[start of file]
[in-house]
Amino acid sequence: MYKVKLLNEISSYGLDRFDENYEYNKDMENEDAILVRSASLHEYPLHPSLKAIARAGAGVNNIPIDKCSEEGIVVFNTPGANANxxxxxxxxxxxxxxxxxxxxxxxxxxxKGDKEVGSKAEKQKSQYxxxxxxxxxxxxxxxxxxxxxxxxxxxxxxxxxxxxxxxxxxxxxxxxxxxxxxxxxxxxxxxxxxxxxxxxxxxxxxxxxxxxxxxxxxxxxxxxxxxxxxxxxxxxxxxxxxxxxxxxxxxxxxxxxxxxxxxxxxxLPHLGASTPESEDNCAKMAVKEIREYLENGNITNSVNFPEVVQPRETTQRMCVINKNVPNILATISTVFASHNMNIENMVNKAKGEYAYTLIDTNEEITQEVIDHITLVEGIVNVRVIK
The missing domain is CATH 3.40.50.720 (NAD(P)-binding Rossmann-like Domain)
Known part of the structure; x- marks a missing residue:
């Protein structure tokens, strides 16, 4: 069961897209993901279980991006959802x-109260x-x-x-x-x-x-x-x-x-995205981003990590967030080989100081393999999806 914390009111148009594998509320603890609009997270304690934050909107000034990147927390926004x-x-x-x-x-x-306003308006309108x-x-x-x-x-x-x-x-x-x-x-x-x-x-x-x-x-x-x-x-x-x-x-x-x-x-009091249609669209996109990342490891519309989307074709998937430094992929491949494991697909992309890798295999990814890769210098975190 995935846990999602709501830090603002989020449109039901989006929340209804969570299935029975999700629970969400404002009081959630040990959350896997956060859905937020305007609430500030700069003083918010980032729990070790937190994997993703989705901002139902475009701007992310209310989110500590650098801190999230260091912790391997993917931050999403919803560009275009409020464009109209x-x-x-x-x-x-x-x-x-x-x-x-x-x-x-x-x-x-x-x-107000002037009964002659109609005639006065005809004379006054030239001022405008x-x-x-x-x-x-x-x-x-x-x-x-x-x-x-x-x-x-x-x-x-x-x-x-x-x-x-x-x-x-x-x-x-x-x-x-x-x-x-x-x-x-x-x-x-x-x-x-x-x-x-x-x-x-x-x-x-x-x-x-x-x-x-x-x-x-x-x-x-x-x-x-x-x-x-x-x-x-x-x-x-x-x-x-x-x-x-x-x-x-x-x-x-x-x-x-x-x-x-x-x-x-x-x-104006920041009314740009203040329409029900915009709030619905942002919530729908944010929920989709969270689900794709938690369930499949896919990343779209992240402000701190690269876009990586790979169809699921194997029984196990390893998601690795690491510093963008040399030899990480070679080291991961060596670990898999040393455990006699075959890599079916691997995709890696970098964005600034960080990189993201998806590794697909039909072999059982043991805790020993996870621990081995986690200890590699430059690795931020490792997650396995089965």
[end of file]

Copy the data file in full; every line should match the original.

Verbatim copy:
[in-house]
Amino acid sequence: MYKVKLLNEISSYGLDRFDENYEYNKDMENEDAILVRSASLHEYPLHPSLKAIARAGAGVNNIPIDKCSEEGIVVFNTPGANANxxxxxxxxxxxxxxxxxxxxxxxxxxxKGDKEVGSKAEKQKSQYxxxxxxxxxxxxxxxxxxxxxxxxxxxxxxxxxxxxxxxxxxxxxxxxxxxxxxxxxxxxxxxxxxxxxxxxxxxxxxxxxxxxxxxxxxxxxxxxxxxxxxxxxxxxxxxxxxxxxxxxxxxxxxxxxxxxxxxxxxxLPHLGASTPESEDNCAKMAVKEIREYLENGNITNSVNFPEVVQPRETTQRMCVINKNVPNILATISTVFASHNMNIENMVNKAKGEYAYTLIDTNEEITQEVIDHITLVEGIVNVRVIK
The missing domain is CATH 3.40.50.720 (NAD(P)-binding Rossmann-like Domain)
Known part of the structure; x- marks a missing residue:
């Protein structure tokens, strides 16, 4: 069961897209993901279980991006959802x-109260x-x-x-x-x-x-x-x-x-995205981003990590967030080989100081393999999806 914390009111148009594998509320603890609009997270304690934050909107000034990147927390926004x-x-x-x-x-x-306003308006309108x-x-x-x-x-x-x-x-x-x-x-x-x-x-x-x-x-x-x-x-x-x-x-x-x-x-009091249609669209996109990342490891519309989307074709998937430094992929491949494991697909992309890798295999990814890769210098975190 995935846990999602709501830090603002989020449109039901989006929340209804969570299935029975999700629970969400404002009081959630040990959350896997956060859905937020305007609430500030700069003083918010980032729990070790937190994997993703989705901002139902475009701007992310209310989110500590650098801190999230260091912790391997993917931050999403919803560009275009409020464009109209x-x-x-x-x-x-x-x-x-x-x-x-x-x-x-x-x-x-x-x-107000002037009964002659109609005639006065005809004379006054030239001022405008x-x-x-x-x-x-x-x-x-x-x-x-x-x-x-x-x-x-x-x-x-x-x-x-x-x-x-x-x-x-x-x-x-x-x-x-x-x-x-x-x-x-x-x-x-x-x-x-x-x-x-x-x-x-x-x-x-x-x-x-x-x-x-x-x-x-x-x-x-x-x-x-x-x-x-x-x-x-x-x-x-x-x-x-x-x-x-x-x-x-x-x-x-x-x-x-x-x-x-x-x-x-x-x-104006920041009314740009203040329409029900915009709030619905942002919530729908944010929920989709969270689900794709938690369930499949896919990343779209992240402000701190690269876009990586790979169809699921194997029984196990390893998601690795690491510093963008040399030899990480070679080291991961060596670990898999040393455990006699075959890599079916691997995709890696970098964005600034960080990189993201998806590794697909039909072999059982043991805790020993996870621990081995986690200890590699430059690795931020490792997650396995089965």